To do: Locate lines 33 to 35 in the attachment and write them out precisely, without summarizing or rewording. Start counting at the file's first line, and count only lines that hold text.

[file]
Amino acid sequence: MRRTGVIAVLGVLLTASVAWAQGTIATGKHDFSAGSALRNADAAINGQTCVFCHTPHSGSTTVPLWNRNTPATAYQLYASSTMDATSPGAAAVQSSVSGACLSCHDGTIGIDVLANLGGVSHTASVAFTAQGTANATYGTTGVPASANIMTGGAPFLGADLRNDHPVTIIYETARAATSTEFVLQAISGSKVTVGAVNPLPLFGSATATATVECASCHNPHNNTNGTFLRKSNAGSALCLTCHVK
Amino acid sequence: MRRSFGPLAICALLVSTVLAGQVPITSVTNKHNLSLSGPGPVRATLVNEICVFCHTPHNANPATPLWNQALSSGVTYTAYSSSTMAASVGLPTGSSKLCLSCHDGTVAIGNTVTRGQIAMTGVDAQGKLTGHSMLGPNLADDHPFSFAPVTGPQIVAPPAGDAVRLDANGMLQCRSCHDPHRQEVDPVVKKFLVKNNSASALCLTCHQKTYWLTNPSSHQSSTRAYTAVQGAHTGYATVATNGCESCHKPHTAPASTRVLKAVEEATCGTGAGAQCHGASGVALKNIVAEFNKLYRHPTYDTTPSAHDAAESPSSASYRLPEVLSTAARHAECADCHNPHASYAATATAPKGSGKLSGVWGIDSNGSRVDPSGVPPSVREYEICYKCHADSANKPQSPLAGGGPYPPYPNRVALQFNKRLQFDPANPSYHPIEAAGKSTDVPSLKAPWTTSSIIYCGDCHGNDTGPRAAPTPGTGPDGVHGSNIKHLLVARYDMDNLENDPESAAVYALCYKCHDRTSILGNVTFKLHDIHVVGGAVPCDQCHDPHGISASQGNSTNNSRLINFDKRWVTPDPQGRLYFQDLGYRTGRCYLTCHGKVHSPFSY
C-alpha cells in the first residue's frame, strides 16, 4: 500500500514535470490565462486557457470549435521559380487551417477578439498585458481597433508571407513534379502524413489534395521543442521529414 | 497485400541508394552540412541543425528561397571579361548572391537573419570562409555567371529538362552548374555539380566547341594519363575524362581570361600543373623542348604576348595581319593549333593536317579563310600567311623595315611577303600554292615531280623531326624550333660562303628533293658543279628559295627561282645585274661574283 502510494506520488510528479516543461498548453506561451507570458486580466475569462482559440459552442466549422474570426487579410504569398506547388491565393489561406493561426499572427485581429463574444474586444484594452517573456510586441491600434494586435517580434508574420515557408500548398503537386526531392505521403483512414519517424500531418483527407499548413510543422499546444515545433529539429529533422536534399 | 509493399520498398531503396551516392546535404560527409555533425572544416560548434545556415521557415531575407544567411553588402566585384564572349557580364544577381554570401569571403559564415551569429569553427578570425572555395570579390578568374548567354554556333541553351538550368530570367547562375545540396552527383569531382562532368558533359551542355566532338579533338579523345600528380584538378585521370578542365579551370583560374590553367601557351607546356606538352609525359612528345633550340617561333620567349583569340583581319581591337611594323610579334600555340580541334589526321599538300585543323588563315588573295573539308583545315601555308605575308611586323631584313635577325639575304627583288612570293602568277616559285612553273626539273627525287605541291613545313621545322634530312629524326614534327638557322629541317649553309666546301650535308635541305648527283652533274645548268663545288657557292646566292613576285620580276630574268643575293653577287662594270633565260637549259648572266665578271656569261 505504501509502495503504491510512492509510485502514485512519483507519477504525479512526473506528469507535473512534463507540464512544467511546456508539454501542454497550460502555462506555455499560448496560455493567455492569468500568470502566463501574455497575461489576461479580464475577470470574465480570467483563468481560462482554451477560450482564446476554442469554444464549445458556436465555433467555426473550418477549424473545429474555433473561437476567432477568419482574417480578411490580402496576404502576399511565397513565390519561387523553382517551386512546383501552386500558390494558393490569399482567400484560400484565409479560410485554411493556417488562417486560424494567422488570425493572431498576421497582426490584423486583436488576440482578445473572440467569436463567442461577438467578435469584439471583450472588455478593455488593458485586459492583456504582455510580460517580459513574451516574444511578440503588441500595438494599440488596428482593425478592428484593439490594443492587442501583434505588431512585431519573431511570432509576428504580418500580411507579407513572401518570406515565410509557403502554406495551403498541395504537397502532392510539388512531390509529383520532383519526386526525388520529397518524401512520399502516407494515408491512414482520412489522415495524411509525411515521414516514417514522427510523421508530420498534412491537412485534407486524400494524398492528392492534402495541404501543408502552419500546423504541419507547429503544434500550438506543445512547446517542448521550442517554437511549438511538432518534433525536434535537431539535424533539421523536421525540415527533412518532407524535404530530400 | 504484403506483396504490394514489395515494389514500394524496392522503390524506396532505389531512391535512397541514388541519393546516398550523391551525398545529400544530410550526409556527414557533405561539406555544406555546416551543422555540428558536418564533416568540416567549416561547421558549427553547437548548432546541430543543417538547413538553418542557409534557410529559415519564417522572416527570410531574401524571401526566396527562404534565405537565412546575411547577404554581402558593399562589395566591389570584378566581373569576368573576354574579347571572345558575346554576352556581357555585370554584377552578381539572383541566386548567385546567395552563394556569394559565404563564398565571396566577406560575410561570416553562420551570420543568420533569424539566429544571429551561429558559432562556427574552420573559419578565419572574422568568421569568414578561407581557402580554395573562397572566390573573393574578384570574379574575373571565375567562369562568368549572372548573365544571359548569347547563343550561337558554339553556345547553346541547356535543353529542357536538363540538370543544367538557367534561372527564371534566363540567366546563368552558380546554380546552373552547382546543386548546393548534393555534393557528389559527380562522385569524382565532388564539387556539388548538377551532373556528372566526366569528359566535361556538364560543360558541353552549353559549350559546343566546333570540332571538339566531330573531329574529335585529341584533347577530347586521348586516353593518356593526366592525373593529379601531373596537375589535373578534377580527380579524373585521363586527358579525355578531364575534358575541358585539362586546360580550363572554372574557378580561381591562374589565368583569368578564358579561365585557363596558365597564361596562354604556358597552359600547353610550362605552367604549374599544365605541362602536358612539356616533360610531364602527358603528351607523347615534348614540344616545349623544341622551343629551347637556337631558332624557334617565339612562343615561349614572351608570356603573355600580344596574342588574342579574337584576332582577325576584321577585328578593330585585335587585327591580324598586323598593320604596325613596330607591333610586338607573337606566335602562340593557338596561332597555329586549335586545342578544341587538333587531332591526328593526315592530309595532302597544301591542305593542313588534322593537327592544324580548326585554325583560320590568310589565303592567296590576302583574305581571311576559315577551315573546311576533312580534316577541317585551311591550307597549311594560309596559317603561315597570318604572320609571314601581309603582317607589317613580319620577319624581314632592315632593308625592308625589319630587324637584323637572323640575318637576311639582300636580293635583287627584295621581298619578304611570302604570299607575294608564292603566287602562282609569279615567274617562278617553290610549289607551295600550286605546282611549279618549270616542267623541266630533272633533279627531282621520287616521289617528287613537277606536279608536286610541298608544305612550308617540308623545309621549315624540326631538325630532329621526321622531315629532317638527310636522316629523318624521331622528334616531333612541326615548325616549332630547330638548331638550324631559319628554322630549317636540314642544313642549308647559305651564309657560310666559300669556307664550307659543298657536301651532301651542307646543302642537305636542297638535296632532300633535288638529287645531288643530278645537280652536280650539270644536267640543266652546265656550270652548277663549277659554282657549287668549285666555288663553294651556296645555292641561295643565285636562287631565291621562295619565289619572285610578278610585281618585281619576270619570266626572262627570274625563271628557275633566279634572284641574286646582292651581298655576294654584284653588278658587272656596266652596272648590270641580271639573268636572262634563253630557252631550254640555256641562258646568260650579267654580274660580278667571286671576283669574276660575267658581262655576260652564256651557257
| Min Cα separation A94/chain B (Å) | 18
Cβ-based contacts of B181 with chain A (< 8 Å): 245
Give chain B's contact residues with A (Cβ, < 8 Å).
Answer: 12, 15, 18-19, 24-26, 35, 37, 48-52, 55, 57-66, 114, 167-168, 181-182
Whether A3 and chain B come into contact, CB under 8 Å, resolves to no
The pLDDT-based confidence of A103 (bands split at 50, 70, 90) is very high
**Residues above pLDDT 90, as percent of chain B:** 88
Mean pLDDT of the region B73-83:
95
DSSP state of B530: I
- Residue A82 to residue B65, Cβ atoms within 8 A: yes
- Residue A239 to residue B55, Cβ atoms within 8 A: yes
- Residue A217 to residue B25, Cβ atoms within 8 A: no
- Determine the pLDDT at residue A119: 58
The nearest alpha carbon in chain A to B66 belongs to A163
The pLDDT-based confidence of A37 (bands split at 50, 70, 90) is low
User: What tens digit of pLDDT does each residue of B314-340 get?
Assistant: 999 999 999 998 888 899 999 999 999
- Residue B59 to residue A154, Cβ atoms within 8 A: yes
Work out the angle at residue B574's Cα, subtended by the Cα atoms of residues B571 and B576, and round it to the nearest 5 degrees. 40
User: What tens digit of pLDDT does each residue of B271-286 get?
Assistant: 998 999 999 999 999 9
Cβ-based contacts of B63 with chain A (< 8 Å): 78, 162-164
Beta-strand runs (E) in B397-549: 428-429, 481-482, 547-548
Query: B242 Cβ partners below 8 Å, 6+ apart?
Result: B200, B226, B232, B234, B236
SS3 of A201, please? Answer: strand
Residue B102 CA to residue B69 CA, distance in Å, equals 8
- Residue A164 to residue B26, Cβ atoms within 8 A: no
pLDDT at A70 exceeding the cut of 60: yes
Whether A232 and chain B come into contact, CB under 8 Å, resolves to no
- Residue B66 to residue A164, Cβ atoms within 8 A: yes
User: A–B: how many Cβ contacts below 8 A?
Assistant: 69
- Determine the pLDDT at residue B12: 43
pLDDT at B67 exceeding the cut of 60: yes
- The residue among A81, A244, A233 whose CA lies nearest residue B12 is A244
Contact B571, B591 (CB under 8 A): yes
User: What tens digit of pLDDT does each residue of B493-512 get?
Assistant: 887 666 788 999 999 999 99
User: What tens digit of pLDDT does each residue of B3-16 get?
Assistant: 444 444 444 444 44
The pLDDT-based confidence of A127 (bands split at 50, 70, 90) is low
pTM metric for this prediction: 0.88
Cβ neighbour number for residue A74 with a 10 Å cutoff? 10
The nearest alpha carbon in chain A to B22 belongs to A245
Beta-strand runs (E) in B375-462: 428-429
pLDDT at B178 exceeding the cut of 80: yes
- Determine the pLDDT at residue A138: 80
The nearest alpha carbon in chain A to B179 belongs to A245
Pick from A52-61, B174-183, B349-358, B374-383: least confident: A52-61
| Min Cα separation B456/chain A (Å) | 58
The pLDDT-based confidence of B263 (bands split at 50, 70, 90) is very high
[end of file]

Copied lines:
pLDDT at A70 exceeding the cut of 60: yes
Whether A232 and chain B come into contact, CB under 8 Å, resolves to no
- Residue B66 to residue A164, Cβ atoms within 8 A: yes